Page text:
Investment: Indonesia Waits

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Last week in Geneva, Indonesian Foreign Minister Adam Malik and Economics Minister Sultan Hamengku Buwono faced an extraordinary audience of businessmen.* In a three-day meeting sponsored by Time Inc., top executives of European, Japanese, Australian, Cana dian and U.S. companies gathered to hear just how vital foreign investments can be to the future of Indonesia.

"In your own way, you could help bring about the desired economic and political stability of our country," said Foreign Minister Malik.

That "stability," to be sure, is still around the corner. Inflation has been slowed down but still saps the economy. For the first time in more than a decade, efforts have been made to balance the budget; but the austerity measures have not been completely successful. Later this month, Indonesia will have to make a bid for $325 million in aid from such creditors as the U.S., Britain, Australia and Japan. Unemployment is up to 3,000,000 from last year's 2,100,000, and 15 million people are underemployed. Rice last week cost twice the July price, obliging the government to order $85 million worth abroad.

Unknown Treasure. Nevertheless, several Western firms that had their property taken over by the Sukarno regime see a better economic climate under Suharto and are making plans to return. Among these are Goodyear Tire & Rubber Co. and Lever Bros. Others, enticed by a four-year tax holiday and easy repatriation of profits, are showing interest. The Freeport Sulphur Co. is prospecting for copper and stands ready to invest $75 million if sufficient ore is found. ITT has signed a $6,000,000 contract to build a satellite relay station near Djakarta.

But far more investment is needed. Said the Sultan of Jogjakarta in Geneva to the businessmen: "The popular world view is that Indonesia is a treasure house of resources. I may inform you in all frankness that nobody—and that includes ourselves—knows exactly the wealth we have in and on the ground and in our seas. Indonesia is waiting for you to bring your advanced technology, your experience, your capital and your entrepreneurial spirit."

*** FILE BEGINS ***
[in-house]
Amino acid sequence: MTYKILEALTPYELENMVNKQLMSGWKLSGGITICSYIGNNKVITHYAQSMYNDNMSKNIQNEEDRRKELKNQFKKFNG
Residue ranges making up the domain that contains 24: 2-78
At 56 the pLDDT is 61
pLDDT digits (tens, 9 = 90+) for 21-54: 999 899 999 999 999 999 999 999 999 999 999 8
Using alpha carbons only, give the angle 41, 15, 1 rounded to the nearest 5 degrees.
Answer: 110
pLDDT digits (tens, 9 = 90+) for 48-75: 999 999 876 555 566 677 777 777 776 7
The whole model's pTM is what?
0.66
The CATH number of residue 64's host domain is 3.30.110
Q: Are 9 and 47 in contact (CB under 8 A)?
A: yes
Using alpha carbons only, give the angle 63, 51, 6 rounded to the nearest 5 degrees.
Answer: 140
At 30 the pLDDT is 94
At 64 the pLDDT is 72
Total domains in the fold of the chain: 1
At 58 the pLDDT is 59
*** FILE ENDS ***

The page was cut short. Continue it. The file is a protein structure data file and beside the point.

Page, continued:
* A sampling: Gianni Agnelli, chairman, Fiat; George W. Ball, chairman, Lehman Bros. International; Eugene Black, director, Chase Manhattan Bank; Norton Clapp, chairman, Weyerhaeuser Co.; Howard L. Clark, president, American Express; Russell R. De Young, chairman, Goodyear Tire & Rubber Co.; Floyd D. Hall, president, Eastern Airlines; Robert V. Hansberger, president, Boise Cascade; John D. Harper, president, Aluminum Co. of America; Earl B. Hathaway, president, Firestone Tire & Rubber Co.; H. J. Heinz II, chairman, H. J. Heinz Co.; Robert C. Hills, president, Freeport Sulphur Co.; Edward B. Hinman, president, International Paper Co.; Dr. Koji Kobayashi, president, Nippon Electric Co.; Rudolph A. Peterson, president, Bank of America; Frederik Jacques Philips, president, N. V. Philips' Gloeilampenfabrieken; David Rockefeller, president, Chase Manhattan Bank; Dr. Samuel Schewizer, chairman, Swiss Bank Corp.; Dr. Gerd Tacke, director, Siemens A.G.; Abderrahman Tazi, executive director, International Bank for Reconstruction and Development; Henry S. Wingate, chairman, International Nickel Co. of Canada.